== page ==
N.H. Teachers Explore New Ways To Teach Civil War History
School may be out for the summer, but some teachers in New Hampshire have been keeping busy by becoming students again. At a teachers’ workshop in Keene, educators brushing up on their Civil War history.
On a sunny morning in Keene, a group of Civil War reenactors from the 6th New Hampshire regiment march in formation and fire their replica muskets. They’ve set up camp here outside the historic Wyman Tavern to meet with about 20 local educators.
“One of the things I wanted you to keep in your mind as you’re attending this is how can this be applied to your classrooms."
Jeremy Robinson is a teacher himself when he’s not reenacting. Today, he and a half-a-dozen others are dressed in Union blue to give educators a sense of the day-to-day life of a Civil War soldier.
The teachers who signed up for this workshop have come here to be students again; picking up ideas they can bring back to their classrooms in the fall. They learn about how the soldiers would soak their hardtack in coffee to make it more edible, and how long it took to get a letter from the front back home. Terri Stack teaches 8th grade American history at Amherst Middle School.
“I’m just interested in anything that makes it real for children," said Stack, "and this encampment is an excellent example of how kids can touch and feel and learn from that experience.”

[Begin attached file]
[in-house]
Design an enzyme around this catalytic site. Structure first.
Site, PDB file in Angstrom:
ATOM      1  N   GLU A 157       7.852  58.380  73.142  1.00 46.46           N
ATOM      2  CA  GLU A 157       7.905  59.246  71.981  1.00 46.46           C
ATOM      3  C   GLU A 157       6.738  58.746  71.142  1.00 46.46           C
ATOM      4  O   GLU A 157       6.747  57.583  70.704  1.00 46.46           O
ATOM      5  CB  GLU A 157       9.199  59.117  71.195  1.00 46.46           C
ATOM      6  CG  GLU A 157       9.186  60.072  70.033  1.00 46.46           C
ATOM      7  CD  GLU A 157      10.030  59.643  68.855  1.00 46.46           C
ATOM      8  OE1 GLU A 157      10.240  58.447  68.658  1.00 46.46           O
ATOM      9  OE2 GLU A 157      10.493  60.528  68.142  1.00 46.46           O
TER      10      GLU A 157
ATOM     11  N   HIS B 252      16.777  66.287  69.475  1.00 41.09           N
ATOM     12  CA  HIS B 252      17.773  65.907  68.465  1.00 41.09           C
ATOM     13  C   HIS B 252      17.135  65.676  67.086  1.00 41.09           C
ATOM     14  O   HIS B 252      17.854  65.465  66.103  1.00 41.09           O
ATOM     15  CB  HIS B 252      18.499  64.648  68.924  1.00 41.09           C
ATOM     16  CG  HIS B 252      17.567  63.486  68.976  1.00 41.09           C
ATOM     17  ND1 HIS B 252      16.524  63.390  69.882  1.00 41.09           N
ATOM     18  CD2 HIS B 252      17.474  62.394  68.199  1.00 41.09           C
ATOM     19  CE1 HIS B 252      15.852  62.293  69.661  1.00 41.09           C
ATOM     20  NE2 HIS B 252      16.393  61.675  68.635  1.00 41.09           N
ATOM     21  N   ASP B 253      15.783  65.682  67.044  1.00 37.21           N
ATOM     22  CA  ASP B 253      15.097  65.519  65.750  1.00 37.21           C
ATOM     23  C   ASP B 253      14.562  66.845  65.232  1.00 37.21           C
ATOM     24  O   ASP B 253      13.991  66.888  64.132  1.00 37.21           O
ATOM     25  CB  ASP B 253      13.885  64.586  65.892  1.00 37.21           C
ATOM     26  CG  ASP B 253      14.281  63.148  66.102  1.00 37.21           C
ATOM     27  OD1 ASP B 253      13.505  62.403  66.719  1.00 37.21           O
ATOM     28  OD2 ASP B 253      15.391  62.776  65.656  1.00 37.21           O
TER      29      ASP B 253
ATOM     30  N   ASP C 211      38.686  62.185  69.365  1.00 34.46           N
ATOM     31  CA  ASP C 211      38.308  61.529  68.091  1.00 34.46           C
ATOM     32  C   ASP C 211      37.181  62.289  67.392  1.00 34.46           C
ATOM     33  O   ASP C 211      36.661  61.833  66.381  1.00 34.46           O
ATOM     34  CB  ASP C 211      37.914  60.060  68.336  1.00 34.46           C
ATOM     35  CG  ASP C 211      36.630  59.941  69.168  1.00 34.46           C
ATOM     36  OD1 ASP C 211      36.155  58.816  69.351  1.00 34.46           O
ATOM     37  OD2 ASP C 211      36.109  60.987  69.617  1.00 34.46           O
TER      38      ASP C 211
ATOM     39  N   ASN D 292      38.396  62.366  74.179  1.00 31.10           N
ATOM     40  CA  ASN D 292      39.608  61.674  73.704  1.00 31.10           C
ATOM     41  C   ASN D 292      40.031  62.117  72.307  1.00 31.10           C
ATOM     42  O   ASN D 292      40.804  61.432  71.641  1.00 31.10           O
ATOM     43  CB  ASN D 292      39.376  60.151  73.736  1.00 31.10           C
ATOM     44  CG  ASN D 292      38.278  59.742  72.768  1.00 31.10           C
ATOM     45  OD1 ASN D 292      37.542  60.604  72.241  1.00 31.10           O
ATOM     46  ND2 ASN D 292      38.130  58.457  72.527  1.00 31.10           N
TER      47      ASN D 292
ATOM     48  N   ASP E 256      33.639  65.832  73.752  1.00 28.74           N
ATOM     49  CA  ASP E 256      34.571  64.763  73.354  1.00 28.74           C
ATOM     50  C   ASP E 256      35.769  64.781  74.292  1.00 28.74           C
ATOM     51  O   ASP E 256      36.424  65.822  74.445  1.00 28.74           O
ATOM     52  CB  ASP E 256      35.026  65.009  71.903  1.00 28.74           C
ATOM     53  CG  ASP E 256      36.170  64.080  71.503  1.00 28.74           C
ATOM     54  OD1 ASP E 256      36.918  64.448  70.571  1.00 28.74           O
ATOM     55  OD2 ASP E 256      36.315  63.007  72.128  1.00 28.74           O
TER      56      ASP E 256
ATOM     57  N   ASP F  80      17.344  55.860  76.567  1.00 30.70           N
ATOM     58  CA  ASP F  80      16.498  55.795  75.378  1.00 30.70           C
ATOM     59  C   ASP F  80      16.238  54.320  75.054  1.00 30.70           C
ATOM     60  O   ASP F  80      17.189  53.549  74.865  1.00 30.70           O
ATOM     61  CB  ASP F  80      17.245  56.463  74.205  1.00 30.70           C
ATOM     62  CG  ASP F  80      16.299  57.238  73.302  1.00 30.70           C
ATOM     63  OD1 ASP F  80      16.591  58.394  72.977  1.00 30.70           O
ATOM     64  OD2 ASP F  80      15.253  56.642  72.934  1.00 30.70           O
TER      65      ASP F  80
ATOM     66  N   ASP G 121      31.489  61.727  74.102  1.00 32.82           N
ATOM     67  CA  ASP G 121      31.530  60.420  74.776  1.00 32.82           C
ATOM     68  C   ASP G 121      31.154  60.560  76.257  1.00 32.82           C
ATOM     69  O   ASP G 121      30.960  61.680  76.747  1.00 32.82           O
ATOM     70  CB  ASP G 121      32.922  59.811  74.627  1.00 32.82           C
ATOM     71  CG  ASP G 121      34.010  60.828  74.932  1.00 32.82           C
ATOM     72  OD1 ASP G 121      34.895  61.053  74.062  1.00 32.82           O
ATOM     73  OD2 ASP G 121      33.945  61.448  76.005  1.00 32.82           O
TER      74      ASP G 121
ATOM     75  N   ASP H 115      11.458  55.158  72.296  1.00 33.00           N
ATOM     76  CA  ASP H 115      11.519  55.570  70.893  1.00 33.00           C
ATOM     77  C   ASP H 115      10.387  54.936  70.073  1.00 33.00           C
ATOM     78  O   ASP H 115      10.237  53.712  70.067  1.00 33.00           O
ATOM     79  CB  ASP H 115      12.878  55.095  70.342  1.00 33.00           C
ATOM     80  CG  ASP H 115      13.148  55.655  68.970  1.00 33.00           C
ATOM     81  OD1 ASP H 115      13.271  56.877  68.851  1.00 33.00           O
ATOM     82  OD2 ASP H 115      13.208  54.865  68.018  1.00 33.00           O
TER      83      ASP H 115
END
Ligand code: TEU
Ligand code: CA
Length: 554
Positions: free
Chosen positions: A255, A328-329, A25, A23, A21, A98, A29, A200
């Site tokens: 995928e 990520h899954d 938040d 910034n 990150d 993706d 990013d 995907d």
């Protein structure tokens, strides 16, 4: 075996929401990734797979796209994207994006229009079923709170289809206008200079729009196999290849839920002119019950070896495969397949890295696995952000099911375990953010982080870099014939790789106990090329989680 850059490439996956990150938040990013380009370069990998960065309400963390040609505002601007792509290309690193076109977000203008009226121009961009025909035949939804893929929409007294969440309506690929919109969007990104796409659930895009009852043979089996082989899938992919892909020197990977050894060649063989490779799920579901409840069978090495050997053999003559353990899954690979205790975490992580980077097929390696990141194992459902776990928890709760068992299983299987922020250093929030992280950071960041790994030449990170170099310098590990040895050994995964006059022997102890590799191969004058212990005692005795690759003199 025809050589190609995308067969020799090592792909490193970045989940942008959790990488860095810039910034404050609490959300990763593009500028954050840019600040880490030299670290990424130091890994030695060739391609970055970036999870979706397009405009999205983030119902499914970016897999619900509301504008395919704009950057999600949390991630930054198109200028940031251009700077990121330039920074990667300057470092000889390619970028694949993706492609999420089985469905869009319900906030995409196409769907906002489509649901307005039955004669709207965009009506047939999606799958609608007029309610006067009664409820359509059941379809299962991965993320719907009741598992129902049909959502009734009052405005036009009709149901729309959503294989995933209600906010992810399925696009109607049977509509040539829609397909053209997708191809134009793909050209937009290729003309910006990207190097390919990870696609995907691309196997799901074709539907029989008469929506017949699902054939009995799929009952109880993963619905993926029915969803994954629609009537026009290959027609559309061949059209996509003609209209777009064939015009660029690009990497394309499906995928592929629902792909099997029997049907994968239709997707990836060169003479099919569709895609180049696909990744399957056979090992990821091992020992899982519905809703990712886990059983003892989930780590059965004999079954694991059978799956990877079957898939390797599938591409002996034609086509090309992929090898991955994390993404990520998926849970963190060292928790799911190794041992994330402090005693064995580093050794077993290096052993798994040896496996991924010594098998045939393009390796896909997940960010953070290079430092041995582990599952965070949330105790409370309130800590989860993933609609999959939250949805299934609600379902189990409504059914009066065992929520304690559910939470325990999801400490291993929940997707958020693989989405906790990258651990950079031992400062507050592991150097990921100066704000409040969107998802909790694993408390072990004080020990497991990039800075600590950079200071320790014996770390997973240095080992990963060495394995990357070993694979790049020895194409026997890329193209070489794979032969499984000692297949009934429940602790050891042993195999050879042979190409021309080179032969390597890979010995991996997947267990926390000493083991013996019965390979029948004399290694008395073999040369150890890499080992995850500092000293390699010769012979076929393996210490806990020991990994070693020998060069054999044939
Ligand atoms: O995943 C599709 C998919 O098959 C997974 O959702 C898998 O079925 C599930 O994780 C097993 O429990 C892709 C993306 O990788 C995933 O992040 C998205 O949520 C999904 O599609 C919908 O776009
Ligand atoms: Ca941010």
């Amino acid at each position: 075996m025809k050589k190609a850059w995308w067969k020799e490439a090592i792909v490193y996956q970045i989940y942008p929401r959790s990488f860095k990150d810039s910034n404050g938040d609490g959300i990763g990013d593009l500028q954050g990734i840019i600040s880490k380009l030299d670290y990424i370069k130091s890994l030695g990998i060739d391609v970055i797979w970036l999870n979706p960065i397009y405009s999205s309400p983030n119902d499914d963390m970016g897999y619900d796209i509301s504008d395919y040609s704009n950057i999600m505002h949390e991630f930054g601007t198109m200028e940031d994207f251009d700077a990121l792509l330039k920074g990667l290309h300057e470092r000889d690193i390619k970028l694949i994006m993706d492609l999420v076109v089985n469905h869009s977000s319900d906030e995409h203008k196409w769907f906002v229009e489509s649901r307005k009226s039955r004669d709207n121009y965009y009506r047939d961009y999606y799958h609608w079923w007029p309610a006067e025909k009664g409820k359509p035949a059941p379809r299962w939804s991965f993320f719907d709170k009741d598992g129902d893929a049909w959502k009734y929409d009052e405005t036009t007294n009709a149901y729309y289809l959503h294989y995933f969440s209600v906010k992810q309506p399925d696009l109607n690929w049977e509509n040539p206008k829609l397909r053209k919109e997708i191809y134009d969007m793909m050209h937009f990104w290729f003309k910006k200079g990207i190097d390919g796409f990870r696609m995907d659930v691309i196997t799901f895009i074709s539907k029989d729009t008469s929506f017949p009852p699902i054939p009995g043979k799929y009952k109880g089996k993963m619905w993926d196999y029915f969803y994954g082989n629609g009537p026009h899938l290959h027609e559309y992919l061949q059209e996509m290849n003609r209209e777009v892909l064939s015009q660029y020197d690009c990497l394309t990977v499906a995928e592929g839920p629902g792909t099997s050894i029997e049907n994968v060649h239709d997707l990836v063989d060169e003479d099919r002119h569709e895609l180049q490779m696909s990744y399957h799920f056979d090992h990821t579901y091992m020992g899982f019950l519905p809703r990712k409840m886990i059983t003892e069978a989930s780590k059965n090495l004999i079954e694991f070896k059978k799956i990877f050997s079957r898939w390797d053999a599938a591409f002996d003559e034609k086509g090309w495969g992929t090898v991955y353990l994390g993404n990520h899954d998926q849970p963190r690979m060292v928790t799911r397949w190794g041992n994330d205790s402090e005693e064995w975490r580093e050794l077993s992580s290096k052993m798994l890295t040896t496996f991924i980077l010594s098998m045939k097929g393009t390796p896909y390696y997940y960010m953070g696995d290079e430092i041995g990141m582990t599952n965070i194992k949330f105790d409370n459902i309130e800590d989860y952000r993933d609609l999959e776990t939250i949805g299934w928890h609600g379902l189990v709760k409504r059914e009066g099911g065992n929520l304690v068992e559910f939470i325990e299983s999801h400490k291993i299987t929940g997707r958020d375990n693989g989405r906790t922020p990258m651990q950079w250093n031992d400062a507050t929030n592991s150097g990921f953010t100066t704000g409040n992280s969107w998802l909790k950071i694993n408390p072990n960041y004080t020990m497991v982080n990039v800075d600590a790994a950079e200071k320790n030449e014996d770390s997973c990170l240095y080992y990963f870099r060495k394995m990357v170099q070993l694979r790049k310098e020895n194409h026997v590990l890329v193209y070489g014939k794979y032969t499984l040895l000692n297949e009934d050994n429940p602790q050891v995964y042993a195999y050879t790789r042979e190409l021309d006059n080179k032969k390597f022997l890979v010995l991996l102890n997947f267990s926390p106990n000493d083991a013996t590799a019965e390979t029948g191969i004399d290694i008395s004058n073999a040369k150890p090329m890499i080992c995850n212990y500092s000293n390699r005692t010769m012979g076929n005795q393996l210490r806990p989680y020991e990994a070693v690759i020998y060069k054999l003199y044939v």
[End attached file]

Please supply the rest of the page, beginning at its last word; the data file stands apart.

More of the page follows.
This meeting with the reenactors is just part of a three-day workshop on teaching the Civil War hosted by the Cheshire County Historical Society.
Other sessions included a discussion on the causes of the war with faculty from Keene State College. There was a presentation on bringing Civil War music into the classroom. And another where teachers learned about a lesson plan that uses the Civil War correspondence of two Keene residents to teach cursive handwriting.
The goal throughout the three-days is to give teachers a way to make the history more accessible to elementary and middle school students.
“We’re used to teaching in a style that’s kind of lecture and more generic," says Eric Stinebring, a 7th grade social studies teacher at Keene Middle School. He says the workshop has given him plenty of ideas of how to shake up his usual lesson plans on the Civil War.
“By doing things like carrying a PVC pipe that’s weighted about the same as a rifle," explains Stinebring, "loading up a backup with enough weight so that the kids have a sense of what it means to march 20 miles with a full pack.”
But capturing students’ interest is only part of the challenge to teaching this historical period. For these elementary and middle school teachers, finding ways to make the material age appropriate is also a concern.
“We’ve had lots of discussions about how appropriate is it to talk to kindergartners about slavery."
In this final session of the workshop, Brenda Haenchen of Symonds Elementary School speaks to the teachers about how to convey these ideas to elementary students. At Symonds, one way they introduce the Underground Railroad is through a role-playing game in gym class. Foam and rubber obstacles represent the difficult route taken by runaway slaves. Students crawl through tunnels and climb over barriers. Teachers darken the gym to simulate the night and play the sound of barking dogs coming to find them.
“And we feel like this is sort of a safe way to talk to them about slavery where they get the idea but it’s not too scary,” says Haenchen.
'Not-too-scary' is the goal. But exactly how to convey these uncomfortable historical facts in an age- appropriate package is the challenge facing teachers when they return to their classrooms this fall.